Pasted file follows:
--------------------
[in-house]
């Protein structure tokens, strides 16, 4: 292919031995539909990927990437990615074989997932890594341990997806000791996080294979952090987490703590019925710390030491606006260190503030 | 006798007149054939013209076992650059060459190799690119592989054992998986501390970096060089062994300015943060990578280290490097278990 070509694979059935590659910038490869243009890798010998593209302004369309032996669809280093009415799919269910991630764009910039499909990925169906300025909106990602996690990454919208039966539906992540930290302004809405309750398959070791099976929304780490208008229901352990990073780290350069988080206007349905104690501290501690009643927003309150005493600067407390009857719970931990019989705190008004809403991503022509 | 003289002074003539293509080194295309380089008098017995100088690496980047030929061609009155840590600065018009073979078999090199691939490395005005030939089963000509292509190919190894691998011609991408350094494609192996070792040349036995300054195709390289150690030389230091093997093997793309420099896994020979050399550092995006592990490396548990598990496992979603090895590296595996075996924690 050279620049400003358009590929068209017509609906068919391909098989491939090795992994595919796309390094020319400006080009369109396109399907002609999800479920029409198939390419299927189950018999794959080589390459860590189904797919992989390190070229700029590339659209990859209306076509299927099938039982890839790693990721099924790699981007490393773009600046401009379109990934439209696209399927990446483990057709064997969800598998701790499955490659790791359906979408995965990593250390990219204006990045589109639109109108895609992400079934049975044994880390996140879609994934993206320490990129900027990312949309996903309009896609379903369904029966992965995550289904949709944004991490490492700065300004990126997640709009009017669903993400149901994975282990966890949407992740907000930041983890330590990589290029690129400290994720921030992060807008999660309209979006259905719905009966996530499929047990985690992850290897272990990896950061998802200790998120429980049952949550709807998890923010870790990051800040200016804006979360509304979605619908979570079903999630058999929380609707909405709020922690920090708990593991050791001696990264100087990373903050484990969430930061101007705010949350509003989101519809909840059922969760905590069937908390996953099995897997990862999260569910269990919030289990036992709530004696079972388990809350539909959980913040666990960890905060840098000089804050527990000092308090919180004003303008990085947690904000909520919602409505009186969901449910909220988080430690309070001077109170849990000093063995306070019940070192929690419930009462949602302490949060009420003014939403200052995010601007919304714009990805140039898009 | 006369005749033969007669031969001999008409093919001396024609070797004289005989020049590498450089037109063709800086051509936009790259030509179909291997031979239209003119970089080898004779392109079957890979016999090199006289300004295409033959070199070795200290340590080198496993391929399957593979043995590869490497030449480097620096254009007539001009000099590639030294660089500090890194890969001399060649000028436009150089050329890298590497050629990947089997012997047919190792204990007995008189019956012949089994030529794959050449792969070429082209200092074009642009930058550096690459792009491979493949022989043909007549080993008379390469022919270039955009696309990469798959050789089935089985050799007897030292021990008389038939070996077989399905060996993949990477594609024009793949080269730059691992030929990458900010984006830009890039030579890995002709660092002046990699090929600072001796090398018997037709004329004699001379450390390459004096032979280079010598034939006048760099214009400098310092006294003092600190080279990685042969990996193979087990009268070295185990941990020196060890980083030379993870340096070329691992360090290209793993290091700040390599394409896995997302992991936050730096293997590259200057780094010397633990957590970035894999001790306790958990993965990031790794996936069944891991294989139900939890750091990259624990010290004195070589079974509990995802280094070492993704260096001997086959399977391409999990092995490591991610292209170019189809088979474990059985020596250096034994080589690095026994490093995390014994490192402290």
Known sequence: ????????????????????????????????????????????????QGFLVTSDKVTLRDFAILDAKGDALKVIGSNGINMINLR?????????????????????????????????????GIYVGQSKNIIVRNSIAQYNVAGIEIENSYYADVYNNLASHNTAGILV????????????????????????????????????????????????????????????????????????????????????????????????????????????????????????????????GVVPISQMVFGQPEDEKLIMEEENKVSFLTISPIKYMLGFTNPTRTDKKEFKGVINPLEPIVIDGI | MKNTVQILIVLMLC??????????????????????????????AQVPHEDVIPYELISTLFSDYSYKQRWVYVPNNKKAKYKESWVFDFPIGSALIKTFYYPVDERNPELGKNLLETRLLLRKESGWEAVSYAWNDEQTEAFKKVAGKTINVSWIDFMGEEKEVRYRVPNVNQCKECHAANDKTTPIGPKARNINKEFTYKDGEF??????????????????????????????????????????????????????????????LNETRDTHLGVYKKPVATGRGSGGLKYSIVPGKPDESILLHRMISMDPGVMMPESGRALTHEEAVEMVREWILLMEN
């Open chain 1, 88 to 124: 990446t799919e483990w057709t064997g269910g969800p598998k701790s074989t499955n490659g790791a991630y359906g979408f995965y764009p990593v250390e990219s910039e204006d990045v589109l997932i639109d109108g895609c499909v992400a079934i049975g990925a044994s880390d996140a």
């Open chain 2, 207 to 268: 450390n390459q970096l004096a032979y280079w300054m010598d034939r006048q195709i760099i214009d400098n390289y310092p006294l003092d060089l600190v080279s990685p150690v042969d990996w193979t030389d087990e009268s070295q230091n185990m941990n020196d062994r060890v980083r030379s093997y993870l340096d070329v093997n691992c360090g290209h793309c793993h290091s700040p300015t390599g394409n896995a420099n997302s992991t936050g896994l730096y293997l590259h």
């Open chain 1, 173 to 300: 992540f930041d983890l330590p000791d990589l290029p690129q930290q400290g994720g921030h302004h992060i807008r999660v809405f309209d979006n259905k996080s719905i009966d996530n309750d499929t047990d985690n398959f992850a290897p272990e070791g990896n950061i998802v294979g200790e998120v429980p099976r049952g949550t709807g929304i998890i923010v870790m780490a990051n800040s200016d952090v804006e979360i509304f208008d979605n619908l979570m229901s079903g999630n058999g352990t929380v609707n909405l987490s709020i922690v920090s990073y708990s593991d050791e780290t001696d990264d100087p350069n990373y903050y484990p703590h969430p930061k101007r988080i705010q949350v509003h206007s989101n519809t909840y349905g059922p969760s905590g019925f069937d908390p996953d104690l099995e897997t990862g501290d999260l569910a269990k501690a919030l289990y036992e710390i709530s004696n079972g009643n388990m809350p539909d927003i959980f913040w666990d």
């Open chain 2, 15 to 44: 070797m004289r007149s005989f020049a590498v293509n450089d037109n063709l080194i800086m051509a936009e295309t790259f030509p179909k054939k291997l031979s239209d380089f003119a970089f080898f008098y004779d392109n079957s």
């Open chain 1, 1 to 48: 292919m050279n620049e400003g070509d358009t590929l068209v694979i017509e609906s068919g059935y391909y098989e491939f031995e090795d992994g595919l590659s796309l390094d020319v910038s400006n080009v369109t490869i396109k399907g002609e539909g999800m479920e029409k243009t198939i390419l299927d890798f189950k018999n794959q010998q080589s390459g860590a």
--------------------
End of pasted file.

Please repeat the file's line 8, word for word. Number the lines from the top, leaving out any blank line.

């Open chain 1, 1 to 48: 292919m050279n620049e400003g070509d358009t590929l068209v694979i017509e609906s068919g059935y391909y098989e491939f031995e090795d992994g595919l590659s796309l390094d020319v910038s400006n080009v369109t490869i396109k399907g002609e539909g999800m479920e029409k243009t198939i390419l299927d890798f189950k018999n794959q010998q080589s390459g860590a």